Cage Diving with the Great White Shark

Posted in Africa | September 9, 2010 | Comment Now

Ever wondered what it would feel like to be underwater, in the deep blue sea, and have a Great White Shark along your side? If you just said ‘yes’ to this answer, then let me first of all tell you that you have some seriously ‘wild’ sense of imagination going there! Secondly, I may have good news for you. This desire of yours, to be underwater with a Great White Shark may not be far from reality any more.

Cage diving with the Great White Shark may be a relatively new entrant into the adventure sports arena in South Africa, but it sure seems to have a lot of operators jumping at the opportunity.

Being underwater with the Great White Shark has often been equated with being as exciting as watching the Mountain Gorilla in its real and natural environment.

Where Can I go Diving with Great White Sharks?
  • Dyer Island:
    This is known as capital of the Great White Shark diving world. The stretch of water which lies between Dyer Island and Gaansbai is known as the ‘shark alley’. Gaansbai is said to lie around 100 miles away from Cape Town and is said to be a 2 hour drive from there. Gaansbai is also just a half an hour drive away from what can be called the best spot for whale-watching in the whole of South Africa – Hermanus.

  • Mossel Bay:
    There is one lone Great White Shark Diving operator who operates out of Mossel bay and is known to give reasonable rates.
  • False Bay:
    There are a couple of operators who operate out of False Bay, which is located pretty close to Cape Town. The operators in False Bay will require you to have some sort of basic certification in scuba diving; and they’re ready to offer it to you on site.
How does it Work?

The operator boat will take you out to sea and then the crew will try to lure the sharks by giving them some tasty livers and fish heads. This entire process is dubbed as ‘chumming and baiting’. Once the sharks begin to circle the boat, it’s time for you to hop into the cave which is specifically designed for this sort of diving.

The Design of the Diving Cage:

This entire concept of having a diving cage can be credited to Rodney Fox, who is an Australian diver. Rodney ended up unintentionally become bait for some shark while he was spear fishing in Australia. Once he got sewn back into the shape he possessed earlier, he decided to turn his attention to studying the animal that had created havoc in his life. In order to avoid the whole idea of being bait again or undergoing an attack, he designed the first ever observation cage that could be used underwater.

The cage is designed to be able to withstand any bites from the Great White Shark. The truth of the matter, however, is that there have never ever been any reports of the sharks attacking the cage. Being inside the cage will give the diver a very good view of the great white beast. These cages are created using 12 mm of galvanized steel.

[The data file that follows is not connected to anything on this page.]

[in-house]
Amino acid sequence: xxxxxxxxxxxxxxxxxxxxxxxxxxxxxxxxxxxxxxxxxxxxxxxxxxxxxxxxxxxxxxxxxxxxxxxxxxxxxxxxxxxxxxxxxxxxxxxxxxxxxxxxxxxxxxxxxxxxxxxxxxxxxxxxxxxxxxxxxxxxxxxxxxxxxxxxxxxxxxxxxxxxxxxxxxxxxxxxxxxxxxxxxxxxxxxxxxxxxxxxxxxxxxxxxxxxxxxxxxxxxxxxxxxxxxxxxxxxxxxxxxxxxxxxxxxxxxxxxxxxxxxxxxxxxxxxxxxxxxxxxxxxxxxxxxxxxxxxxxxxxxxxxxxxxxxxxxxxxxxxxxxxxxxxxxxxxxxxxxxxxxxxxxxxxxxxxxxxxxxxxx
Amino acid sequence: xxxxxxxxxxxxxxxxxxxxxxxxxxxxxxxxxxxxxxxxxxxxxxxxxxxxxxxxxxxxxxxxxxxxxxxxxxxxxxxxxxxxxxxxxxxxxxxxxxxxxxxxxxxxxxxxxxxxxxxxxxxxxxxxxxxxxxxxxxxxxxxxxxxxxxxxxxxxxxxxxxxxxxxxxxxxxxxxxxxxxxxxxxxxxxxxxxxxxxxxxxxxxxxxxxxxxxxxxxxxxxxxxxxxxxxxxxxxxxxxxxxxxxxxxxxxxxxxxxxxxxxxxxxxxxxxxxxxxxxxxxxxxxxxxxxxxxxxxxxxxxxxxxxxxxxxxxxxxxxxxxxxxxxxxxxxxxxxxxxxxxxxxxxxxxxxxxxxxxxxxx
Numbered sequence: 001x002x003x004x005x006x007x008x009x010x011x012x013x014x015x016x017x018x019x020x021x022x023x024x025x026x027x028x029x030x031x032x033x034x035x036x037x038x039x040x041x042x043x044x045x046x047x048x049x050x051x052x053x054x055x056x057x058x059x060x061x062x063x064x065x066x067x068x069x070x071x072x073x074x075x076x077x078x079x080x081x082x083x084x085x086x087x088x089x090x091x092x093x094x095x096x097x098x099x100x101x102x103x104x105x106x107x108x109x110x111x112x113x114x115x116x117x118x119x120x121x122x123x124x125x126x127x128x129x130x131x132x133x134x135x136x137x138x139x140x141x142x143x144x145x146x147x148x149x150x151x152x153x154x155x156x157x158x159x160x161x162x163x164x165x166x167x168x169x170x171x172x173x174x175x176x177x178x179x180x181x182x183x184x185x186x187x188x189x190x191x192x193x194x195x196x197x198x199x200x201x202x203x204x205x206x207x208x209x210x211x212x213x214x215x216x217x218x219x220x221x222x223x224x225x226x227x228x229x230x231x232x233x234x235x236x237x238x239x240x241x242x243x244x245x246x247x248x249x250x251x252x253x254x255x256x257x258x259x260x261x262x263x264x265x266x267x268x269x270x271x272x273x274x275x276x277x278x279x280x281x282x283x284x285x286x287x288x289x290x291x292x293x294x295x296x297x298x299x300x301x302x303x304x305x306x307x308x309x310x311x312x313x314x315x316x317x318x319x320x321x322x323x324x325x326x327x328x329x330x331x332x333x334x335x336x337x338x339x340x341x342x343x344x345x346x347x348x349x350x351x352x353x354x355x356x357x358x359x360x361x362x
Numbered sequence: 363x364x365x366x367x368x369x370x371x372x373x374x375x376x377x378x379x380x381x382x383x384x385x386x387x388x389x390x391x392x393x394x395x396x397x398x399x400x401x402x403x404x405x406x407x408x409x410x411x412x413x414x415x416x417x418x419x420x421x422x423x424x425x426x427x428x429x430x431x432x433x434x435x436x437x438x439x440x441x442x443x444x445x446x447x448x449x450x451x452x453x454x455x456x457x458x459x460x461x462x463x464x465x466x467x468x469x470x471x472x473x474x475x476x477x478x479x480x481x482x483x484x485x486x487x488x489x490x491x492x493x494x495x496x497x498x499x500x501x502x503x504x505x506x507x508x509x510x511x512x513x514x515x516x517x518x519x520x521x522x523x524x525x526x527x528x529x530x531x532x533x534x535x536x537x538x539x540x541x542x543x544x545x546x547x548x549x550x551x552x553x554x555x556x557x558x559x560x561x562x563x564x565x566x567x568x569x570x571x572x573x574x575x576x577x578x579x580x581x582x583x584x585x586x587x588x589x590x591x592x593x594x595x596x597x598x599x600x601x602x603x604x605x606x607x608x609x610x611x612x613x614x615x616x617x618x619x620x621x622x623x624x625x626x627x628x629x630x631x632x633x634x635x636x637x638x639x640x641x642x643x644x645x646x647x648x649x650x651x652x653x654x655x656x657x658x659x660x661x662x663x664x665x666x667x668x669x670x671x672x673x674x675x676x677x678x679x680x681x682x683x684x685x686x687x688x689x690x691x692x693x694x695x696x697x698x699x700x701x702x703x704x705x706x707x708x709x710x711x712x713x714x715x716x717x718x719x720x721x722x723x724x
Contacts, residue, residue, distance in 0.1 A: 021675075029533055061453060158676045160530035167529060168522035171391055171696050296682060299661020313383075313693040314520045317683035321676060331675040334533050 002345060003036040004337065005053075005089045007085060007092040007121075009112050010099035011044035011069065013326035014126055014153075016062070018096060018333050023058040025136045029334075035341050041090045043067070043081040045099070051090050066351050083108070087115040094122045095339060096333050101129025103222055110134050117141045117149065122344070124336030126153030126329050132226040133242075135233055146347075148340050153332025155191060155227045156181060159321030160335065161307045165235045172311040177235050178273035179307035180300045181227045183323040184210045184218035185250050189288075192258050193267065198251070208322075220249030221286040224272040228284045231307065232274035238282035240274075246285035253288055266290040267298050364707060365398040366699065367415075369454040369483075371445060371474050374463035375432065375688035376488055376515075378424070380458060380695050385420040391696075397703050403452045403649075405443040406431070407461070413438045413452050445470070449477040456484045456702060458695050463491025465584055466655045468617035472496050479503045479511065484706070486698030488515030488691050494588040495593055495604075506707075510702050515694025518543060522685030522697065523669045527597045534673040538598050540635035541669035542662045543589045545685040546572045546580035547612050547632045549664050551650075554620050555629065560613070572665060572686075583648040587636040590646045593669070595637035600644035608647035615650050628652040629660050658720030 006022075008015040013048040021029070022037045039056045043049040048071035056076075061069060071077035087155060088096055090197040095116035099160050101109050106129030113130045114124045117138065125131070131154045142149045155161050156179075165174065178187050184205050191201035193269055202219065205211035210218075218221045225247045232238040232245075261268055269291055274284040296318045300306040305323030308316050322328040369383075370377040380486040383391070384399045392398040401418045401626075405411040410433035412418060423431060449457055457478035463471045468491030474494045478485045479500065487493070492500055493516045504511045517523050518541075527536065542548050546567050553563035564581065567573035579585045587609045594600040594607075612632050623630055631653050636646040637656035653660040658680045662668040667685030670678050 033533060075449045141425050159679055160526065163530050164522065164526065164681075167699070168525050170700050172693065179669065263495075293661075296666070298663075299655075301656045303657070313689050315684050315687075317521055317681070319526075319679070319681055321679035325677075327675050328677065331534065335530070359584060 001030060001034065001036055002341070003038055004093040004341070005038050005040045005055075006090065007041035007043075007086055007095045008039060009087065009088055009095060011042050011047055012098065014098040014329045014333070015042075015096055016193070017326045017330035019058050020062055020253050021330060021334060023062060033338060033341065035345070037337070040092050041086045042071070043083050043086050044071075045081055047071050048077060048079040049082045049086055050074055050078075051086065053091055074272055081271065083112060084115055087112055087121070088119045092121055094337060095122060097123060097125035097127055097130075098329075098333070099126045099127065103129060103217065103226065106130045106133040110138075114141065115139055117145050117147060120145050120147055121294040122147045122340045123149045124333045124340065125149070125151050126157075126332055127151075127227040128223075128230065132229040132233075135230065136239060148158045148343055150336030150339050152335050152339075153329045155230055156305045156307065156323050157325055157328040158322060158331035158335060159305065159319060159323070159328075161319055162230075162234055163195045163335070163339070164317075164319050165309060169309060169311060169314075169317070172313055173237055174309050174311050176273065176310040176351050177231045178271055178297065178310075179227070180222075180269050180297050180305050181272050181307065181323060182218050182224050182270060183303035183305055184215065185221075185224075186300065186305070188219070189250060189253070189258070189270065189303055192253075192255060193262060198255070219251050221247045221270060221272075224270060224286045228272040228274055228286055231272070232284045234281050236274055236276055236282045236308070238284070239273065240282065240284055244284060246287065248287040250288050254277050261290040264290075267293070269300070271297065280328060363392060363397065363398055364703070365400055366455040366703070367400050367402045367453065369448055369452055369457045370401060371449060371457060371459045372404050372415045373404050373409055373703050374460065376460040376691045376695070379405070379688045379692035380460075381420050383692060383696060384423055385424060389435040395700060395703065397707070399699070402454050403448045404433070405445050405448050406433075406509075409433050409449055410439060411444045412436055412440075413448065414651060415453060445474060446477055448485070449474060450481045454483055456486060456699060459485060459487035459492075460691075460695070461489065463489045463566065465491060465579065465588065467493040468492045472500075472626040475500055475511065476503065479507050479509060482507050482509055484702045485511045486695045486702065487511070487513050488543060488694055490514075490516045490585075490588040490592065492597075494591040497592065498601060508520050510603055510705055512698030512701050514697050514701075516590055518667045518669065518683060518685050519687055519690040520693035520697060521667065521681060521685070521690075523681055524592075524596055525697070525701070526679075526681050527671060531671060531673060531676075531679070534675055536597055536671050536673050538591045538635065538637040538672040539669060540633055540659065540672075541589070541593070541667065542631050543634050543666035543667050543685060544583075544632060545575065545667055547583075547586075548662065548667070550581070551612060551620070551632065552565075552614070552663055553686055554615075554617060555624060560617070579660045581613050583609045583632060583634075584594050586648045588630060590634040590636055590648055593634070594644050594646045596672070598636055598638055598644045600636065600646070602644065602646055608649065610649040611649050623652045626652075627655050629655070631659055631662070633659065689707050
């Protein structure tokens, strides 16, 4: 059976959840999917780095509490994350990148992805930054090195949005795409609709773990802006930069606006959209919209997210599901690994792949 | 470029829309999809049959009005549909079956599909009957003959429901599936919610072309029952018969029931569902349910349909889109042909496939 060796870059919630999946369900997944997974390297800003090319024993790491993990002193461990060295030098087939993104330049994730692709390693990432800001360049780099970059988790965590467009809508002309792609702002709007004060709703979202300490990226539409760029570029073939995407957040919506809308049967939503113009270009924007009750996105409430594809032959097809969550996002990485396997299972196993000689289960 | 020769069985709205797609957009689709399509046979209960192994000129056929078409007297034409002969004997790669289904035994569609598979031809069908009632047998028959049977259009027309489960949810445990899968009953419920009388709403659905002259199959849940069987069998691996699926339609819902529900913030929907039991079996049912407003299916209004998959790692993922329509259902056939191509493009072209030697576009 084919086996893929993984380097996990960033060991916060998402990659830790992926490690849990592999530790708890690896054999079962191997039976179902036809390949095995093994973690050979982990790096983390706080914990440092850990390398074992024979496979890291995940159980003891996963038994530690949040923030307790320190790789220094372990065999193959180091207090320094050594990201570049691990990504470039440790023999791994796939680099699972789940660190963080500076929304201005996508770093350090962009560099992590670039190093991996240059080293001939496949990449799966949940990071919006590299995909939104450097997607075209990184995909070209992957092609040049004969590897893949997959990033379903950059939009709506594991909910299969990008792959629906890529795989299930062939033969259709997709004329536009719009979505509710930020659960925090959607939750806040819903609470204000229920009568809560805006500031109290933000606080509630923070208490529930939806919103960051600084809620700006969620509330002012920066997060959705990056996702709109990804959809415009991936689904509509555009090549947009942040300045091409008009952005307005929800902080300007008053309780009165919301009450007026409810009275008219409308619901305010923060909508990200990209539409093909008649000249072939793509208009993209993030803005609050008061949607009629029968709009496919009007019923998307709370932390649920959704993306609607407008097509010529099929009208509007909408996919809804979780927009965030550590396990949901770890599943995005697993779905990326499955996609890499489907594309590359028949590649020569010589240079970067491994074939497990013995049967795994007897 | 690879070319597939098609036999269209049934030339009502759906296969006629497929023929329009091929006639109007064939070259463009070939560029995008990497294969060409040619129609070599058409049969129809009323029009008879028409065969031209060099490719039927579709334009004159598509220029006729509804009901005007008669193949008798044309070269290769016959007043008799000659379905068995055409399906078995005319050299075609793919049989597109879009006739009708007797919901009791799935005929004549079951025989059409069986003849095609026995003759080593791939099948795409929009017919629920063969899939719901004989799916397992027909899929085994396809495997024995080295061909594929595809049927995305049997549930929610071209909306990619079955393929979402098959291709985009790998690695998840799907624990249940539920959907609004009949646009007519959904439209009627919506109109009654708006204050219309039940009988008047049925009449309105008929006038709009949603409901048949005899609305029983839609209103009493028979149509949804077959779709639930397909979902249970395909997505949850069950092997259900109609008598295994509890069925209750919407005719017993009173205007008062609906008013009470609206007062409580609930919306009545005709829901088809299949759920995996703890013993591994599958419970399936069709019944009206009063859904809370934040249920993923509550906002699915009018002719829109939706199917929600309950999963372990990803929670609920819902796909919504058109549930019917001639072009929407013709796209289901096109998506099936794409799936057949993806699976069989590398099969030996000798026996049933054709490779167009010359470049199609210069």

Easy to Use:
In most cases, you do not need to specifically know how to scuba dive in order to experience this adventure. You could know just snorkeling and that should do. False Bay is one of the sites that specifically ask for scuba diving as a pre-requisite. The shark cages will be fitted with tubes that go up back to the boat; and this means that the divers would have to just suck on these tubes to get that breath of fresh air while they watch the breathtakingly beautiful Great White Sharks.

High Capacity Cages:
Cages are built in different sizes; but most of them are built for twos or fours. Some might even accommodate up to 6 people. So this would mean that this sort of an experience could turn into a family experience.

Close to the Exit Point:
This is perhaps another point that makes the whole experience a little more reassuring. All Great White Sharks are surface feeders, so it needs the cage to float and not go too deep. This would mean that it is easy for the divers to be in touch with the crew members on the boat; and they can be pulled up to safety in the scenario of things going a tad awry.

How Long does the Adventure Last?

The dives are generally known to last for 10-15 minute durations; and if the weather is on your side, you could try pushing in a few dives in each day. Although you might be diving only for 10-15 minutes, the entire trip could take up to around 4-5 hours. The first hour is generally spent playing out the entire chumming and baiting activity.

Viewing Great White Sharks:

Alright, so you’re not a big fan of getting deep down and dirty; and you’d prefer just getting some great shots of the big white beast! Then you could have a go at some of the special platforms which have been created on the boat; and these give some spectacular views of the sharks, especially when the whole chumming and baiting activity is in play. Given the fact that this species is a surface feeder, you’ll be able to get some great shots of those 16 rows of teeth.

Leave a Reply

CommentLuv badge